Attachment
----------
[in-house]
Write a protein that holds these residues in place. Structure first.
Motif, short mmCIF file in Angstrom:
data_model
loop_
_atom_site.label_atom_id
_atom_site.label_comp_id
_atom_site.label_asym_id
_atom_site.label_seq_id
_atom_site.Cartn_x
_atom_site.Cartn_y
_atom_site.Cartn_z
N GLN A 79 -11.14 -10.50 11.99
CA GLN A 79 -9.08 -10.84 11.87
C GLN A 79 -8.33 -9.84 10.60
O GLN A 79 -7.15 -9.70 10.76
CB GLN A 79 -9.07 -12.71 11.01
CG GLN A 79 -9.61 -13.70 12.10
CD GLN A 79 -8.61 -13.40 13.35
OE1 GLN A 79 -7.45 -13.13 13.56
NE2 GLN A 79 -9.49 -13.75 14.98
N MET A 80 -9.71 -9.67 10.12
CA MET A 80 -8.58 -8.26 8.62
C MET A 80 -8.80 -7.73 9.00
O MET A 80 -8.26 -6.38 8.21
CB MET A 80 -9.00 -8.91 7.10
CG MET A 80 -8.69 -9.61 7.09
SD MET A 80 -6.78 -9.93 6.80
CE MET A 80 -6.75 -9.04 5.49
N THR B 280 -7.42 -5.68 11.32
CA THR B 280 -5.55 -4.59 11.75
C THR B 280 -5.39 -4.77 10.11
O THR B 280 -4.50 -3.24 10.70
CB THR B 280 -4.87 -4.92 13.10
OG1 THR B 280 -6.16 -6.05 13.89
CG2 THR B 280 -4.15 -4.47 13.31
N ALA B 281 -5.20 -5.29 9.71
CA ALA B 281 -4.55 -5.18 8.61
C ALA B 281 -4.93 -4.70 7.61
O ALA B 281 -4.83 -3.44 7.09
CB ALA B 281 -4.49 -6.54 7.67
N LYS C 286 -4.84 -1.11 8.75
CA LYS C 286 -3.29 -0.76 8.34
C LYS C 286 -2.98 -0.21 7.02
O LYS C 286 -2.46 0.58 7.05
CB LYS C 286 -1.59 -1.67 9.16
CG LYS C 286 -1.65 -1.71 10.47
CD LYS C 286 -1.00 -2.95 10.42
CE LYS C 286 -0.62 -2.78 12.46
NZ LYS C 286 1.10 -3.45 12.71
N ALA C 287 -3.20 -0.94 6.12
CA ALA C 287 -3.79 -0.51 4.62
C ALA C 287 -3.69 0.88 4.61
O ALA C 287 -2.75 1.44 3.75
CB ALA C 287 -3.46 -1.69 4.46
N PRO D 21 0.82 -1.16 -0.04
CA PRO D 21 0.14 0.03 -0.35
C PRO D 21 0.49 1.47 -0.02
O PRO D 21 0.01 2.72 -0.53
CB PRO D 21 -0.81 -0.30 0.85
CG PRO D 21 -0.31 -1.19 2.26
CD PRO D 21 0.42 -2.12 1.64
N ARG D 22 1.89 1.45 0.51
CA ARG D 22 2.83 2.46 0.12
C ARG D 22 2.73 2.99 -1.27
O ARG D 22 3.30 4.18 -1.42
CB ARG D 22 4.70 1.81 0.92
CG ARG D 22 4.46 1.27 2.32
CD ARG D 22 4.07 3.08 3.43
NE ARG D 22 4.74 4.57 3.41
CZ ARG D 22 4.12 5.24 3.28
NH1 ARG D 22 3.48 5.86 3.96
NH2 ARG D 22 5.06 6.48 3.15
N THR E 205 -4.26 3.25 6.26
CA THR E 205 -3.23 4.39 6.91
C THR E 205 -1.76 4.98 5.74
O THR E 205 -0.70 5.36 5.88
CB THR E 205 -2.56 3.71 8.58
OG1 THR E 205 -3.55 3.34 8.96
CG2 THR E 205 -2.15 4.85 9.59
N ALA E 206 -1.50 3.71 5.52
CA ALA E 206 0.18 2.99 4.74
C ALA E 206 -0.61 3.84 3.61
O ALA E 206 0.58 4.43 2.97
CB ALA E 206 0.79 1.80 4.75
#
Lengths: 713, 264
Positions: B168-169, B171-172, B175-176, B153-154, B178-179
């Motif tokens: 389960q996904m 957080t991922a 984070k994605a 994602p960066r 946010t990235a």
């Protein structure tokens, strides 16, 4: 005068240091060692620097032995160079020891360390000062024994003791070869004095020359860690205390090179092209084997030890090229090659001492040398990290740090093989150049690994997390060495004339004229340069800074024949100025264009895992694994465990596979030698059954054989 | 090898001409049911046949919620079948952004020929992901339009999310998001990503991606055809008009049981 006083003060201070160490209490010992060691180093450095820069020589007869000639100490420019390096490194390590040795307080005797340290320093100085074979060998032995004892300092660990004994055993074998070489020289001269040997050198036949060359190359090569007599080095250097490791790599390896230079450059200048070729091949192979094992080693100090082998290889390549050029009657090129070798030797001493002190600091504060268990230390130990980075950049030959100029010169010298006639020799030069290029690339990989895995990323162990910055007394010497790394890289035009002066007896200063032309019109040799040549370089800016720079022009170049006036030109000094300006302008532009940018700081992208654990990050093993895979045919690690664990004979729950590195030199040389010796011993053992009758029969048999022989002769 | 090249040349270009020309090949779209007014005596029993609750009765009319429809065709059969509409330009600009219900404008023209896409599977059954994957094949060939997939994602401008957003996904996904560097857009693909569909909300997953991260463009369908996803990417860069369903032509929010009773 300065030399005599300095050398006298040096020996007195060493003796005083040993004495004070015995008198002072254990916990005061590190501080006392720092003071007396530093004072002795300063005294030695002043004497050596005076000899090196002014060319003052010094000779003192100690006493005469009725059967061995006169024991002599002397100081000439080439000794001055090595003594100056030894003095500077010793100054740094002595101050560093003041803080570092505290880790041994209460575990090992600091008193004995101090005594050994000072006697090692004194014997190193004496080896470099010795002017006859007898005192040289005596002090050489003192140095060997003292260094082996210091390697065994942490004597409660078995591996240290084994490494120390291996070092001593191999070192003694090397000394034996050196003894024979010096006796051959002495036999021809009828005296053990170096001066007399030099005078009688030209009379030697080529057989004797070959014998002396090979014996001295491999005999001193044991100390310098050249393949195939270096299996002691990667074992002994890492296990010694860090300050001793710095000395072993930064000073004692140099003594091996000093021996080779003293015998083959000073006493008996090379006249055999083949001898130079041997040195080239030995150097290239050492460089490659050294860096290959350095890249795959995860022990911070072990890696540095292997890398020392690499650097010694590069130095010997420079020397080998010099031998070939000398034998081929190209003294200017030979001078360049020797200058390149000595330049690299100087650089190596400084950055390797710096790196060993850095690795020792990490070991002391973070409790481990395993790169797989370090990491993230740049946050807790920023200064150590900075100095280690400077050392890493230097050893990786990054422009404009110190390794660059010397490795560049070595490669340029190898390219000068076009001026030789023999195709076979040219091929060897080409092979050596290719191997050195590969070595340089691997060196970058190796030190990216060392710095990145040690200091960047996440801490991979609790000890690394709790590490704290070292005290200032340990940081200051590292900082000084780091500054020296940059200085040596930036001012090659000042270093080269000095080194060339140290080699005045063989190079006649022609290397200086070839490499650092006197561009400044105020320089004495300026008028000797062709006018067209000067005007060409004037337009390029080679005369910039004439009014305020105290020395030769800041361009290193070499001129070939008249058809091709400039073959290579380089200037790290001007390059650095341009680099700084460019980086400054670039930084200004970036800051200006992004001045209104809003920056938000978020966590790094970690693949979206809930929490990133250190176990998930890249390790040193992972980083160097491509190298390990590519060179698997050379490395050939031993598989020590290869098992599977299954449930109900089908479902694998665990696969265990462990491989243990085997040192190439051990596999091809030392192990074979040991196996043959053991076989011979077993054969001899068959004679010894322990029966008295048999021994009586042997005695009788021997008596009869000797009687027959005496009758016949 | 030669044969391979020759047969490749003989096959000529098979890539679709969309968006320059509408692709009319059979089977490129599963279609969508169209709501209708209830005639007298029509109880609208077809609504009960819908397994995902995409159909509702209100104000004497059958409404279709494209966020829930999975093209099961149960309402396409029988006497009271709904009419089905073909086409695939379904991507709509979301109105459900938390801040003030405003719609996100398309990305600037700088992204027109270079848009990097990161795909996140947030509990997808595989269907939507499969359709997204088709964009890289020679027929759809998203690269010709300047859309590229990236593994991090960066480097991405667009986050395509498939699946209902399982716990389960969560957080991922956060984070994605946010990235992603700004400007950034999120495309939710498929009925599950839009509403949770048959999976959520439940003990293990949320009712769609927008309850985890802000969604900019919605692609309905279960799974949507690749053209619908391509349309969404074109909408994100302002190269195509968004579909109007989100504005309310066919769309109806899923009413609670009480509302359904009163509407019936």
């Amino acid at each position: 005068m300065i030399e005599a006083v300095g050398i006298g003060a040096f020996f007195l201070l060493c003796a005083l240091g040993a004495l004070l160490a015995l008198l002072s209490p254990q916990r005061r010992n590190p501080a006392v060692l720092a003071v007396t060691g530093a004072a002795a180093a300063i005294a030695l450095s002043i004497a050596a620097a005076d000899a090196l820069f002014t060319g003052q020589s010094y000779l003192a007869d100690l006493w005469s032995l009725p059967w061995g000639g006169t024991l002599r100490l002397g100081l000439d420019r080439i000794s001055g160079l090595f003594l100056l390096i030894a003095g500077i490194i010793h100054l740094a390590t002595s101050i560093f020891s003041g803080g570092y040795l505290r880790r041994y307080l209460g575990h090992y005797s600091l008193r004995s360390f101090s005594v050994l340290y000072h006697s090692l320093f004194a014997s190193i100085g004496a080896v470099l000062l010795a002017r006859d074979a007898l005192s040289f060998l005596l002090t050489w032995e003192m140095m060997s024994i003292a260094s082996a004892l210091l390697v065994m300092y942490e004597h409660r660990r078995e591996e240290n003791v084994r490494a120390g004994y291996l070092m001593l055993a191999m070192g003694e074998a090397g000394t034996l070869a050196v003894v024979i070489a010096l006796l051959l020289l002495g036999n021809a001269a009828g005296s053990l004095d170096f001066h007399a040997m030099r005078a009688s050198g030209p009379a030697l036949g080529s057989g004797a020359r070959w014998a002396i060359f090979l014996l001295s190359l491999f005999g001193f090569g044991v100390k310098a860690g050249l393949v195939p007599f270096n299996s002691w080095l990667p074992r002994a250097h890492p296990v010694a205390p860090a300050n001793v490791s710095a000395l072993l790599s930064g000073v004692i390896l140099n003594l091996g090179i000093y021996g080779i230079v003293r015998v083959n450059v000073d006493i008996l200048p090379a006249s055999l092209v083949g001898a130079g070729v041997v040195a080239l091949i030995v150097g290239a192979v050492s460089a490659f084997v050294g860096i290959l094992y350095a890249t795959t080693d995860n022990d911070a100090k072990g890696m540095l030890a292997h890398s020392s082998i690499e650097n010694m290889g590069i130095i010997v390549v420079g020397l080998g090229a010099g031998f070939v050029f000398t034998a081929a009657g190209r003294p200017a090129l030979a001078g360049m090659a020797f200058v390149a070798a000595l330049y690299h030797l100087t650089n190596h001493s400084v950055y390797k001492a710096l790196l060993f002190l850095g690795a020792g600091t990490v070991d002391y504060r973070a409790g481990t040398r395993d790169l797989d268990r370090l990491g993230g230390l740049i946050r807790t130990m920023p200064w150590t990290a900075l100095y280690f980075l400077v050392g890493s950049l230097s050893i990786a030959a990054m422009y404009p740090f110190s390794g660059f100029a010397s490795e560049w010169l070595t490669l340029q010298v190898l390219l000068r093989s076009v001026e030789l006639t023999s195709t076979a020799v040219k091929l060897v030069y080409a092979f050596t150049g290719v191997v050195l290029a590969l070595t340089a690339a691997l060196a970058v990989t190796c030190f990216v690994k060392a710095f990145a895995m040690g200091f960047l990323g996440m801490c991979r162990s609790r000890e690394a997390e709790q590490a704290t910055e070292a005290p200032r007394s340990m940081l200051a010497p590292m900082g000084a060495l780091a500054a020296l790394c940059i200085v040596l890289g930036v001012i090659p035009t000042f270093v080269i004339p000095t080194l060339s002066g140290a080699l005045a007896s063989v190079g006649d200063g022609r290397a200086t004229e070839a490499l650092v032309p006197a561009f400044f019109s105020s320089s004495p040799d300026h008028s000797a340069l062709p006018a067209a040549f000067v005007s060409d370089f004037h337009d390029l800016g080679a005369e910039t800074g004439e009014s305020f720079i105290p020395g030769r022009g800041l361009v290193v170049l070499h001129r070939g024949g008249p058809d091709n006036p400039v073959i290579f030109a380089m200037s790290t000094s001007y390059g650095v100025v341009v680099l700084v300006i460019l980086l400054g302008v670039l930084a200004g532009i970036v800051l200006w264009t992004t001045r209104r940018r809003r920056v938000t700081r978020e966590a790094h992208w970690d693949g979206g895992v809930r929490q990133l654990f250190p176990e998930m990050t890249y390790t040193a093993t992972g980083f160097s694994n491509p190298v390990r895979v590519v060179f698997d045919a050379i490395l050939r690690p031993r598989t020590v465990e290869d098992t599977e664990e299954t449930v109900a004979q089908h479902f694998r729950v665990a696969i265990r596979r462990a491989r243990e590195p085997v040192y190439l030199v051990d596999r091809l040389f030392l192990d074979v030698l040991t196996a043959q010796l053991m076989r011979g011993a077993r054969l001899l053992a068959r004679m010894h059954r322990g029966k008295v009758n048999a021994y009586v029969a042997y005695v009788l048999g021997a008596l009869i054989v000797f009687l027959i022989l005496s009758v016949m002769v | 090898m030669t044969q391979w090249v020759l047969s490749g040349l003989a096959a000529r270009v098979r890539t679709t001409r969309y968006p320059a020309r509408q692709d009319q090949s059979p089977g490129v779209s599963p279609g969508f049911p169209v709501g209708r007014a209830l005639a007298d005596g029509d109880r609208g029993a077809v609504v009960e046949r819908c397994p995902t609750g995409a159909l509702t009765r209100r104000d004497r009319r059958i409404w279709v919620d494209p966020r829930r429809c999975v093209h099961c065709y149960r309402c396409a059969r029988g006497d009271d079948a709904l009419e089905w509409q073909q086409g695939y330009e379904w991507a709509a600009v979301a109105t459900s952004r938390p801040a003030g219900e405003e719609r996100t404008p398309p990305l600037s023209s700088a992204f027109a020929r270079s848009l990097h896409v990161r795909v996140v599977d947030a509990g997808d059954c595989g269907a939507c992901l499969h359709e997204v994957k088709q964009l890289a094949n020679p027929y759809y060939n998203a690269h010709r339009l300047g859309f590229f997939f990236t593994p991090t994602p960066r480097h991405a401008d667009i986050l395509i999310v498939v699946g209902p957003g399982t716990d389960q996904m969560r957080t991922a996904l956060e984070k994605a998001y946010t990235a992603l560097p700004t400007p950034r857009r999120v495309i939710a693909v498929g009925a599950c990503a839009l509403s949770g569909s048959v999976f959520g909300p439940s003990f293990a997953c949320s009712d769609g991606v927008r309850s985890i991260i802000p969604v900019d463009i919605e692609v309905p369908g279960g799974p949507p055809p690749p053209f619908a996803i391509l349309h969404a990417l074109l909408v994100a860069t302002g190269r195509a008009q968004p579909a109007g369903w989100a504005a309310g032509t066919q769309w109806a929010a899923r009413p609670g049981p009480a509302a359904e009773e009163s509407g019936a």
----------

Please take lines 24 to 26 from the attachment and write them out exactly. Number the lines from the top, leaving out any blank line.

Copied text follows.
C MET A 80 -8.80 -7.73 9.00
O MET A 80 -8.26 -6.38 8.21
CB MET A 80 -9.00 -8.91 7.10